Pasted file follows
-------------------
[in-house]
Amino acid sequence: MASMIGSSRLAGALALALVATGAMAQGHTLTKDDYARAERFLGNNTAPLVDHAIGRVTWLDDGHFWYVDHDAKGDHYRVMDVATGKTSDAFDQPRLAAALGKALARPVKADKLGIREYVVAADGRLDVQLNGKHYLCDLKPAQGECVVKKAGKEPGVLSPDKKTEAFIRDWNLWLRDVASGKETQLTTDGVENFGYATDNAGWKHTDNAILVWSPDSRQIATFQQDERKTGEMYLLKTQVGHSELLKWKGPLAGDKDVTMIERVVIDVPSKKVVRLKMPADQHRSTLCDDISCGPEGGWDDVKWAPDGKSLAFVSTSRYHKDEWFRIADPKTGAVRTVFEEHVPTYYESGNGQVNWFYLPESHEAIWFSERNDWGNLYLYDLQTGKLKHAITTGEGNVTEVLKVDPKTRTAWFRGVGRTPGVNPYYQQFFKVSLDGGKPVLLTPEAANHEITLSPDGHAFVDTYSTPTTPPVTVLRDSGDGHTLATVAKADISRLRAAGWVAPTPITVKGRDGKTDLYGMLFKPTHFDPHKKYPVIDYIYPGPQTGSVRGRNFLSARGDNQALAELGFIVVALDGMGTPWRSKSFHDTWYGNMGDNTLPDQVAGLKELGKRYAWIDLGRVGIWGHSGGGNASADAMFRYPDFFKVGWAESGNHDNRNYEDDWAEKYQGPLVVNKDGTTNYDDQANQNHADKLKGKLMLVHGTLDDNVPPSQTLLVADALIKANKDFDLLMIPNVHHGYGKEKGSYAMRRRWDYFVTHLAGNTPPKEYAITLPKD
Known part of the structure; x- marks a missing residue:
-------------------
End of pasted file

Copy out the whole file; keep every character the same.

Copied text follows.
[in-house]
Amino acid sequence: MASMIGSSRLAGALALALVATGAMAQGHTLTKDDYARAERFLGNNTAPLVDHAIGRVTWLDDGHFWYVDHDAKGDHYRVMDVATGKTSDAFDQPRLAAALGKALARPVKADKLGIREYVVAADGRLDVQLNGKHYLCDLKPAQGECVVKKAGKEPGVLSPDKKTEAFIRDWNLWLRDVASGKETQLTTDGVENFGYATDNAGWKHTDNAILVWSPDSRQIATFQQDERKTGEMYLLKTQVGHSELLKWKGPLAGDKDVTMIERVVIDVPSKKVVRLKMPADQHRSTLCDDISCGPEGGWDDVKWAPDGKSLAFVSTSRYHKDEWFRIADPKTGAVRTVFEEHVPTYYESGNGQVNWFYLPESHEAIWFSERNDWGNLYLYDLQTGKLKHAITTGEGNVTEVLKVDPKTRTAWFRGVGRTPGVNPYYQQFFKVSLDGGKPVLLTPEAANHEITLSPDGHAFVDTYSTPTTPPVTVLRDSGDGHTLATVAKADISRLRAAGWVAPTPITVKGRDGKTDLYGMLFKPTHFDPHKKYPVIDYIYPGPQTGSVRGRNFLSARGDNQALAELGFIVVALDGMGTPWRSKSFHDTWYGNMGDNTLPDQVAGLKELGKRYAWIDLGRVGIWGHSGGGNASADAMFRYPDFFKVGWAESGNHDNRNYEDDWAEKYQGPLVVNKDGTTNYDDQANQNHADKLKGKLMLVHGTLDDNVPPSQTLLVADALIKANKDFDLLMIPNVHHGYGKEKGSYAMRRRWDYFVTHLAGNTPPKEYAITLPKD
Known part of the structure; x- marks a missing residue: